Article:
Dr Michael Ipgrave, the Bishop of Lichfield

The Bishop of Lichfield has joined calls for more support to be provided to people applying for Universal Credit after reports of a surge of demand at food banks in areas where the benefit has been introduced.

A petition has been brought by the End Hunger UK campaign calling on the Government to “fix” the controversial benefits system by providing more help and a more flexible system for those claiming it.

The campaign has now been backed by the Bishop of Lichfield, the Rt Revd Dr Michael Ipgrave, the Bishop of Stafford, the Rt Revd Geoff Annas, and the Bishop of Wolverhampton, the Rt Revd Clive Gregory.

Bishops Geoff Annas, Michael Ipgrave and Clive Gregory
In a joint statement, the three bishops said: “We have signed the End Hunger UK petition – we would like to also encourage parishes and churchgoers across Lichfield Diocese to do likewise.

“More and more families have had to turn to food banks following the introduction of Universal Credit, and are reporting unintended delays, lack of digital support, poor administration, and a lack of flexibility in the system. All of these problems can and should be resolved.

“In our diocese alone, there are 13 Trussell Trust food banks, which last year distributed 31,376 emergency food parcels to people in crisis. There are also at least 29 independent food banks. Many of our local churches do quite remarkable work, helping to meet the need in their communities but we must proactively reduce the need for food banks in the first place.

“We need urgent action to improve the flexibility and support for people on Universal Credit, and a long-term commitment that the social security system will provide enough income to afford good food on a regular basis. Without such action, we can expect to see more and more people turning to food banks and becoming trapped in poverty, as more people are moved on to Universal Credit.”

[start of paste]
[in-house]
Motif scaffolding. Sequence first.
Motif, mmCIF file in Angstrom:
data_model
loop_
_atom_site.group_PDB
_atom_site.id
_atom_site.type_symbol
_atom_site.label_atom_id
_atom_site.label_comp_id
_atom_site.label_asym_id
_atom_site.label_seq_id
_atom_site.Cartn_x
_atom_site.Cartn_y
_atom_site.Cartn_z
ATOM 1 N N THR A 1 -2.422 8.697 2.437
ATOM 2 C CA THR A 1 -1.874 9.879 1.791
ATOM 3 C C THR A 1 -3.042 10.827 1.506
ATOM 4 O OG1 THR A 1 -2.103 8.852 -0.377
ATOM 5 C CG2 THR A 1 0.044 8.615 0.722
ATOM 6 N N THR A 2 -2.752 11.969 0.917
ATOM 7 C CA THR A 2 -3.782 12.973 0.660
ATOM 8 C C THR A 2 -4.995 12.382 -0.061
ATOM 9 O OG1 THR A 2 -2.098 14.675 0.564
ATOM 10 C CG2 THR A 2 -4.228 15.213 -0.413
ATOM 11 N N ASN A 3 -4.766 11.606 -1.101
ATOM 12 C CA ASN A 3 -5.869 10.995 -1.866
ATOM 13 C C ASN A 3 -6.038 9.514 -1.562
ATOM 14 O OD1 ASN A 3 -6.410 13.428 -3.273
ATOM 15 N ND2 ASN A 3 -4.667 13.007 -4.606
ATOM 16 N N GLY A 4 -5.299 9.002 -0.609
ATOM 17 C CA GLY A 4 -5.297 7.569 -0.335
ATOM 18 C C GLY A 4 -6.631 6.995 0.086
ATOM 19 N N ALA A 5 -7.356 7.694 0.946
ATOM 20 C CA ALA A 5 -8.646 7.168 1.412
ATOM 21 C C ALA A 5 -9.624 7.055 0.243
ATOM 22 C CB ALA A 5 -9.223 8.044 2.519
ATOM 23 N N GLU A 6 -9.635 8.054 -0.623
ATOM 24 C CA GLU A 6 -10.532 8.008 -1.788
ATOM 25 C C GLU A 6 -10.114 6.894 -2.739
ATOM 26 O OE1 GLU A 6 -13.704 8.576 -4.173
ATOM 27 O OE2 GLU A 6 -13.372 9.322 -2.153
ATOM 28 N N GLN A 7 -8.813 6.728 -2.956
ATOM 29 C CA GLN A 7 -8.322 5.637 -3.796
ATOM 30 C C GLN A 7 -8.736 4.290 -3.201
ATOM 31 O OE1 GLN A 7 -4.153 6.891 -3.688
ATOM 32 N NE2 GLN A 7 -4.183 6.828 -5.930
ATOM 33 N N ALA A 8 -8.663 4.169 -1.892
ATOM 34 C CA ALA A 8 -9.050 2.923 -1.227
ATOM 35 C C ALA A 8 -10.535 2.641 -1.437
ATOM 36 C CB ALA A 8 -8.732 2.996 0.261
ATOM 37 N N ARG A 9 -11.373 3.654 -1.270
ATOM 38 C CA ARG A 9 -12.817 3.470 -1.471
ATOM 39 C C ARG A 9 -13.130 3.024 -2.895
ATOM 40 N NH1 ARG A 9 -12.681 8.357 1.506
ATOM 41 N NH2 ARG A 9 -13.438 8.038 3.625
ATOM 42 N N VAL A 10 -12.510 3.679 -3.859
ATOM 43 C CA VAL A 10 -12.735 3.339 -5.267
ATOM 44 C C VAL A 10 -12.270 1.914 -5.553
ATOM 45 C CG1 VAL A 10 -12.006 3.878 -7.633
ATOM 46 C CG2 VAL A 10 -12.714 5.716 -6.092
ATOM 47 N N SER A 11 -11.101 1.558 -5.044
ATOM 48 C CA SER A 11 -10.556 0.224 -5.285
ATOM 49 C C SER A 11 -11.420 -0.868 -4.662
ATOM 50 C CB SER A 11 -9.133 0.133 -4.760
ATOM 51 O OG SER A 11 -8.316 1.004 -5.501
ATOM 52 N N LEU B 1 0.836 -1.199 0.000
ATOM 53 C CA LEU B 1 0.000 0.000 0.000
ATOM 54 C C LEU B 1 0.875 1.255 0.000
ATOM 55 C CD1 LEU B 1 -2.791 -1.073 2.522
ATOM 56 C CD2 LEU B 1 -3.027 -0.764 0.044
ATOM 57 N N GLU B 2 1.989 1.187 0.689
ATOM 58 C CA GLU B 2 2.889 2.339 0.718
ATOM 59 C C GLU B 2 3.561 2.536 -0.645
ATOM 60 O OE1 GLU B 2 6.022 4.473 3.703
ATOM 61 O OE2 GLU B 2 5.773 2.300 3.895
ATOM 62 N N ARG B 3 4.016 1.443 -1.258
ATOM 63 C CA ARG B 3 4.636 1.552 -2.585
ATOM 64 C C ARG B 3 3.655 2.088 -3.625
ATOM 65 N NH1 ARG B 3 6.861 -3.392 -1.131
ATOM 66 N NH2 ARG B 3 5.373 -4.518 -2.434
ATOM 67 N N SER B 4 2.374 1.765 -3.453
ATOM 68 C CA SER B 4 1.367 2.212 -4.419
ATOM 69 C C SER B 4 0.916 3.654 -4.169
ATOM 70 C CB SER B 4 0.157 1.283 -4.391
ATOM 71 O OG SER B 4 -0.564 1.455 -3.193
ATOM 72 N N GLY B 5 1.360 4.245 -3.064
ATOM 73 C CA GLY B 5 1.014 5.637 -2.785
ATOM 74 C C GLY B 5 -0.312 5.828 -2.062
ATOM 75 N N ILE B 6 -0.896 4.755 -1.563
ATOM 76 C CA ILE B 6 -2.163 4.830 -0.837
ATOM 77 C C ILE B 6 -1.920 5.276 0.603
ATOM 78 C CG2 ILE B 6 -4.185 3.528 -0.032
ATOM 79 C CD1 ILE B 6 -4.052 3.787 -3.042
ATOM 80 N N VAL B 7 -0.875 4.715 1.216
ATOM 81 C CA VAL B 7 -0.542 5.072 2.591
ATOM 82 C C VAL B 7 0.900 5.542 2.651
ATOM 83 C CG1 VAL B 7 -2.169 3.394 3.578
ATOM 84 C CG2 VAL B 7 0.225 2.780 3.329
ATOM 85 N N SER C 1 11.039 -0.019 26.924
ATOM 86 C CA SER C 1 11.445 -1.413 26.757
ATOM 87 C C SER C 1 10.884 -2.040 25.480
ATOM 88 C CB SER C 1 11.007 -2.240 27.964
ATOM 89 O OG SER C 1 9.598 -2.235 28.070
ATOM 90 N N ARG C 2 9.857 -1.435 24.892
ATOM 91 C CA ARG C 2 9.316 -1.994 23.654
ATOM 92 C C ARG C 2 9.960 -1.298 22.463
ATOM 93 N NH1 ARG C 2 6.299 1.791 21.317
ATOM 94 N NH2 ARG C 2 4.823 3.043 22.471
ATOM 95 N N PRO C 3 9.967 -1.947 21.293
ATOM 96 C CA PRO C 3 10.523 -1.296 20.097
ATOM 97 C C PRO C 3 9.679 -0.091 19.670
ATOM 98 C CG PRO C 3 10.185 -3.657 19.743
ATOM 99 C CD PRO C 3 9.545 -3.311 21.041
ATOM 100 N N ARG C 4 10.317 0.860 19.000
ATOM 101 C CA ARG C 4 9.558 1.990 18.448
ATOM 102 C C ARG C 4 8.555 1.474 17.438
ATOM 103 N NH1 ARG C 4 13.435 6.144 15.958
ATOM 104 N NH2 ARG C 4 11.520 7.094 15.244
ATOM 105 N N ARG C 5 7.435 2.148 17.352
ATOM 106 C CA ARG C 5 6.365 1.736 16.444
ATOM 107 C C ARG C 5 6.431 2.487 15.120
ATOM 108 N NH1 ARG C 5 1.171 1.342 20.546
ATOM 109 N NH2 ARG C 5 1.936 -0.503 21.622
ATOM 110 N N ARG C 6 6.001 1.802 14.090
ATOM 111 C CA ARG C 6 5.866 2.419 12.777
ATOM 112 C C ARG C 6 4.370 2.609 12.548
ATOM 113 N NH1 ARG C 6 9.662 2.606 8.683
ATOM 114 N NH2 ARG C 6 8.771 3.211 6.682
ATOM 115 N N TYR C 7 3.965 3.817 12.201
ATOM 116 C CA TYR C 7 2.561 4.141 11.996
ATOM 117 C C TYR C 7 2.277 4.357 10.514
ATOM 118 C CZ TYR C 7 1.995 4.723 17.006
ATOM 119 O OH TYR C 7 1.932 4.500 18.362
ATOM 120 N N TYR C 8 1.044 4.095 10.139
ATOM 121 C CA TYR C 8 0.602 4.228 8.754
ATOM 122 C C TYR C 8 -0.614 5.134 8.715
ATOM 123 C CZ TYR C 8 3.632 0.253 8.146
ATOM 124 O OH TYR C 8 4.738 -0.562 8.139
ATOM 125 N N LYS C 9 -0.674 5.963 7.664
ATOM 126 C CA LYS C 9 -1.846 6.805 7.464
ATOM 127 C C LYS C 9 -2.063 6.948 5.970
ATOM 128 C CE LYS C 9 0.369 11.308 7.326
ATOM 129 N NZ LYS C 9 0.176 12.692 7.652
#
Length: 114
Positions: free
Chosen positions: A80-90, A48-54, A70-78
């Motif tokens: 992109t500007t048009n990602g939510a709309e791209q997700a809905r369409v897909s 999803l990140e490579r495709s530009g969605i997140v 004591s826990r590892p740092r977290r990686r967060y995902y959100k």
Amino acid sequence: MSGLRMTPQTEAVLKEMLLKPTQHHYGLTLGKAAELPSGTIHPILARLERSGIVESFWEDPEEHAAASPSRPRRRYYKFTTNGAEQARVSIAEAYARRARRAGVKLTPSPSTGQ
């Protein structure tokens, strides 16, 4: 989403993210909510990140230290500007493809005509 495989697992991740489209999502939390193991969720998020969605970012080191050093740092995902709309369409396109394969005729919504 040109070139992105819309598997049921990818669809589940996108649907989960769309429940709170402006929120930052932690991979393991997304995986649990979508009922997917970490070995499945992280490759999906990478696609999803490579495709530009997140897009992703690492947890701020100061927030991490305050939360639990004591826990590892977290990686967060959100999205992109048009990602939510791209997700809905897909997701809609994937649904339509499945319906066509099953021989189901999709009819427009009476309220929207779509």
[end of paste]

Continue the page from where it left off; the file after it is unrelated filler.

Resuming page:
The call comes after The Trussell Trust reported a 52 per cent increase in food bank use in areas where Universal Credit has been rolled out, as well as rising debt, destitution and hunger.

People can sign the petition, which will be presented to the Prime Minister ahead of the Budget in November, online.


Founder of Lichfield Live and editor of the site.

2 replies on “Bishop of Lichfield backs petition calling on Government to “fix” Universal Credit system”

  1. Maybe, if the Church of England made Amazon pay a fair amount of tax, rather than just profiting from Amazons tax arrangements. The government would have more money to spend on benefits.

    The Church of England has said it will keep its shares in Amazon – a day after the Archbishop of Canterbury said the firm was “leeching off the taxpayer”.

    The Church Times has revealed Amazon was among the 20 biggest global investments by the Church last year.


  2. It’s not just a problem with the newer “Universal Credit” system, the existing benefits system is in a complete shambles, for people with disabilities claiming Disability Living Allowance that have been moved to Personal Independence Payments or having their Employment Support Allowance allowances cut because of unfair and harsh reviews.
    The whole system is broken, the United Nations has even asked the UK government to carry out a full review, which it has no interest in doing, DWP Minister Esther Mcvey has recently said that Universal credit is “A great British innovation” just days after a damning National Audit Office report telling them the opposite, this Conservative Government has no intention of sorting out Universal Credit or any other part of the benefit system, so the problems stack up and the queues at the Foodbanks get longer.
    Blame the CofE church who don’t have a foodbank in Lichfield if you like (Baptists and Life Church have them), blame Amazon and get Amazon to pay their taxes, sign the petition, but getting somebody in this present government to actually do something effective about the present benefits system is very unlikely, it is going to take a change of government and a considerable amount of time and effort before it is made fit for the purpose of genuine need.

Comments are closed.